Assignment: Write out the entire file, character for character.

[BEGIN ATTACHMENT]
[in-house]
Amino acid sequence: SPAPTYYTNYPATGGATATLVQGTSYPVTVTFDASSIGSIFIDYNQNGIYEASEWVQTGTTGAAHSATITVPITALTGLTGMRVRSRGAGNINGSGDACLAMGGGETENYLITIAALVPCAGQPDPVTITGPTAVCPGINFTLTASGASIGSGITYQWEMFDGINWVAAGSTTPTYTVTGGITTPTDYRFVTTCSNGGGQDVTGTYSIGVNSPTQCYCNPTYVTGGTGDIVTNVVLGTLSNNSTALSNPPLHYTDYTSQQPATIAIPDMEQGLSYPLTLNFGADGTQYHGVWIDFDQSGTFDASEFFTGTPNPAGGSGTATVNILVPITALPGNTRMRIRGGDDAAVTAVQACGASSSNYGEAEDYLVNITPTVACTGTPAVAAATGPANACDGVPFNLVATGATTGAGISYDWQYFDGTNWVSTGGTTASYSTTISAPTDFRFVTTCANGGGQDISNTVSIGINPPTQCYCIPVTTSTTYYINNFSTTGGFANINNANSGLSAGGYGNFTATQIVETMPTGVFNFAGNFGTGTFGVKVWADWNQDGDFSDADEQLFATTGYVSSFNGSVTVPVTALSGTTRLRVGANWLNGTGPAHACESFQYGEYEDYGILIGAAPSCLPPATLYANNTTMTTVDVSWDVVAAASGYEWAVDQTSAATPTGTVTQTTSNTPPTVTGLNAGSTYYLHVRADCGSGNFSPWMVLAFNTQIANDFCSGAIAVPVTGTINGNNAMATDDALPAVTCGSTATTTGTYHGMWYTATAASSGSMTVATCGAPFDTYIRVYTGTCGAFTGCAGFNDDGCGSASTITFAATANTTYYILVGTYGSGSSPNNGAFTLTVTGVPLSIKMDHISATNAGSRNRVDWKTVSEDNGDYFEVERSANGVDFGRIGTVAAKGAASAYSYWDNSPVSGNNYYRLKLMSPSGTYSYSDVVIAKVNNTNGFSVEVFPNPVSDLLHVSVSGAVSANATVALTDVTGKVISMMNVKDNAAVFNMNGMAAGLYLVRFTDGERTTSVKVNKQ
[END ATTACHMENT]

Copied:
[in-house]
Amino acid sequence: SPAPTYYTNYPATGGATATLVQGTSYPVTVTFDASSIGSIFIDYNQNGIYEASEWVQTGTTGAAHSATITVPITALTGLTGMRVRSRGAGNINGSGDACLAMGGGETENYLITIAALVPCAGQPDPVTITGPTAVCPGINFTLTASGASIGSGITYQWEMFDGINWVAAGSTTPTYTVTGGITTPTDYRFVTTCSNGGGQDVTGTYSIGVNSPTQCYCNPTYVTGGTGDIVTNVVLGTLSNNSTALSNPPLHYTDYTSQQPATIAIPDMEQGLSYPLTLNFGADGTQYHGVWIDFDQSGTFDASEFFTGTPNPAGGSGTATVNILVPITALPGNTRMRIRGGDDAAVTAVQACGASSSNYGEAEDYLVNITPTVACTGTPAVAAATGPANACDGVPFNLVATGATTGAGISYDWQYFDGTNWVSTGGTTASYSTTISAPTDFRFVTTCANGGGQDISNTVSIGINPPTQCYCIPVTTSTTYYINNFSTTGGFANINNANSGLSAGGYGNFTATQIVETMPTGVFNFAGNFGTGTFGVKVWADWNQDGDFSDADEQLFATTGYVSSFNGSVTVPVTALSGTTRLRVGANWLNGTGPAHACESFQYGEYEDYGILIGAAPSCLPPATLYANNTTMTTVDVSWDVVAAASGYEWAVDQTSAATPTGTVTQTTSNTPPTVTGLNAGSTYYLHVRADCGSGNFSPWMVLAFNTQIANDFCSGAIAVPVTGTINGNNAMATDDALPAVTCGSTATTTGTYHGMWYTATAASSGSMTVATCGAPFDTYIRVYTGTCGAFTGCAGFNDDGCGSASTITFAATANTTYYILVGTYGSGSSPNNGAFTLTVTGVPLSIKMDHISATNAGSRNRVDWKTVSEDNGDYFEVERSANGVDFGRIGTVAAKGAASAYSYWDNSPVSGNNYYRLKLMSPSGTYSYSDVVIAKVNNTNGFSVEVFPNPVSDLLHVSVSGAVSANATVALTDVTGKVISMMNVKDNAAVFNMNGMAAGLYLVRFTDGERTTSVKVNKQ